Monday, October 18, 2010

Film Preservation

Having recently become single again I find myself unable to sleep.  One of the things I do when I can’t sleep is watch movies on Turner Classic Movies or American Movie Channel.  I was lucky last night and caught a Lon Chaney Movie “The Hunchback of Notre Dame.”  Chaney was an expert at makeup artistry since he did all his own makeup and really earned the title “Man of A Thousand Faces” One thing that impresses me to no end is his incredibly stylized movements to portray his emotions.  Chaney had deaf parents so he was well versed the art of pantomime.
Unfortunately some of his performances are lost. The most popular lost film is probably “London After Midnight.” In the old days of film when a movie was distributed to theaters it was then sent back to the studio. They would lock the film in huge vaults.  Old nitrate film use to be shot on incredibly flammable stock and once in a while the vaults would suffer fires and because people back then had no idea how to preserve film the things we do have from that bygone era are often in conditions that are sometimes unwatchable.  Another big cause of film loss was the wholesale junking of film.  Studios saw the films as having no commercial value so often they were simply destroyed to make room for other things in their vaults.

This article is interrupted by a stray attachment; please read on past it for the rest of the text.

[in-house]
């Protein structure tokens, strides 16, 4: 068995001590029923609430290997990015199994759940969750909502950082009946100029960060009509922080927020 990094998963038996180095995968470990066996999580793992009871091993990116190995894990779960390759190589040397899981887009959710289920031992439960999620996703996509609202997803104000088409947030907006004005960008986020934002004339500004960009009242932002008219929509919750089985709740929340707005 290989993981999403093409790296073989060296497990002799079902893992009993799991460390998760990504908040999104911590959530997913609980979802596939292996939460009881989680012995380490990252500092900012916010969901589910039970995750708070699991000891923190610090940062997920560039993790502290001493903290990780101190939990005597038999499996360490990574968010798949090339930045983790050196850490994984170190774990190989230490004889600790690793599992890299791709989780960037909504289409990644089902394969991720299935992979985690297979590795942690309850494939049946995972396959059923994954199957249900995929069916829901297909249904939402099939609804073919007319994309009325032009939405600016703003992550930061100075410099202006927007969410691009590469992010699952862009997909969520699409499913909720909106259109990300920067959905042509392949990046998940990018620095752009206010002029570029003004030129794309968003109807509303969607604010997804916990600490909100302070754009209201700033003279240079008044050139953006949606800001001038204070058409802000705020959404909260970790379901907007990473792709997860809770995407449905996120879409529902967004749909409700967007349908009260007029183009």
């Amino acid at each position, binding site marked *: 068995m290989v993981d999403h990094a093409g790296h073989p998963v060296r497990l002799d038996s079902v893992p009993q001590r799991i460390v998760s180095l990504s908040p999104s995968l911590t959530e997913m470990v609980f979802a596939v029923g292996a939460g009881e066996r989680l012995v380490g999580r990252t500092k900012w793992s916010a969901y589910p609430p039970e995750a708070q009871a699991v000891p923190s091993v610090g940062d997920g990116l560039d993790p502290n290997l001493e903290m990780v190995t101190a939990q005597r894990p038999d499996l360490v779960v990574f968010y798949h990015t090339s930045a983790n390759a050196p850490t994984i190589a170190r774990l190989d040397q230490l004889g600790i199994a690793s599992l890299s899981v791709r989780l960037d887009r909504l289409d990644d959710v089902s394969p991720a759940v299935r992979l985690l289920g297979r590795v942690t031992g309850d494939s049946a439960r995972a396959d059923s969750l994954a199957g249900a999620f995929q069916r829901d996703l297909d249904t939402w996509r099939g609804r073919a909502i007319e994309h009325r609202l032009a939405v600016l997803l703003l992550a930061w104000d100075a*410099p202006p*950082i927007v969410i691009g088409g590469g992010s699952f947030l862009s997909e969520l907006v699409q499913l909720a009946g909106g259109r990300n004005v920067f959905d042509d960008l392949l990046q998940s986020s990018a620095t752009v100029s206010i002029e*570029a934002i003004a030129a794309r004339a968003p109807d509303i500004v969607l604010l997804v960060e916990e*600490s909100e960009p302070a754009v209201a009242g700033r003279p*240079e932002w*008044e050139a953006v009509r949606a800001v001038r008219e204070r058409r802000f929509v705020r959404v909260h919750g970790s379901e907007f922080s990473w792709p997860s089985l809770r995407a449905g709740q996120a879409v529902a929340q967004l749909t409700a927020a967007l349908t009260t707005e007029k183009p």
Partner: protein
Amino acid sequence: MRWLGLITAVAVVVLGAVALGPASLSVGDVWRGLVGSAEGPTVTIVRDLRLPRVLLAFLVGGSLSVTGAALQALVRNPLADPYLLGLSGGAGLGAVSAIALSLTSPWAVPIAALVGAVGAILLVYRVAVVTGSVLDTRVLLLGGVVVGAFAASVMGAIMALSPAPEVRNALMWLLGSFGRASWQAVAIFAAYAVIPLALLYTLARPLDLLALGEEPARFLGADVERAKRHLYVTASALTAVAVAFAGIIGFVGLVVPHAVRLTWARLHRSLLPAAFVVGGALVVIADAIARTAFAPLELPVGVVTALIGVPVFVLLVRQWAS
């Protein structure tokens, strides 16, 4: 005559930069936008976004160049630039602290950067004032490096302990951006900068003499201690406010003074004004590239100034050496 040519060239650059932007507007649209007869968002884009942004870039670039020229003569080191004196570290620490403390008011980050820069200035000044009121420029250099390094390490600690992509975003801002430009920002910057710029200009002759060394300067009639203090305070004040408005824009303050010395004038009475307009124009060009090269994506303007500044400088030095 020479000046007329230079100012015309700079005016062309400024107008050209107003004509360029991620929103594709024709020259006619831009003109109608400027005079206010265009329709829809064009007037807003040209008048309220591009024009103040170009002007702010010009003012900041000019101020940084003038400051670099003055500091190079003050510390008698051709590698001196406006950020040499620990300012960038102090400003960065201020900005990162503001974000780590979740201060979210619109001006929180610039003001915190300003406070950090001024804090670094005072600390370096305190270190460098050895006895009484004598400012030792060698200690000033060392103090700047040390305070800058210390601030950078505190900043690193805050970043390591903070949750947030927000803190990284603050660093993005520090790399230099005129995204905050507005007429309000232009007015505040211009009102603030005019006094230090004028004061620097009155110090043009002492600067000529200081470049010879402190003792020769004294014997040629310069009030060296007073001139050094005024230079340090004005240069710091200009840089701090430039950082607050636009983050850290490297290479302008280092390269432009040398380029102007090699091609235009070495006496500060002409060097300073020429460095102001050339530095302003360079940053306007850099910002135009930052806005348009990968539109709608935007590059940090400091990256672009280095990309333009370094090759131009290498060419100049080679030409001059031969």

It’s a shame because if you go to Wikipedia there is a huge list of films that have become lost to us.  Not that it is not without hope.  They also have a large list of discovered films as well.  For example, there was a “Frankenstein” from 1910 that a film collector had in his personal collection in the 50s not knowing what he had was a piece of film history.  Or if you want an even better movie that is REALLY worth seeing check out “The Passion of Joan of Arc” this one had crappy prints available at the time but a pristine version was found in janitor’s closet in a Norwegian insane asylum.  That is awesome.
Who knows, maybe some private collector has a mass of film he or she hasn’t gone through and somewhere some of these greats are just waiting for discovery.  If so let’s hope we can find them in our life time.  It’d be amazing to preserve these in the Library of Congress finally and get to work restoring and digitizing them so others can see them.   Until then I guess we should appreciate the old ones we have and at least hope they are taking care of them.

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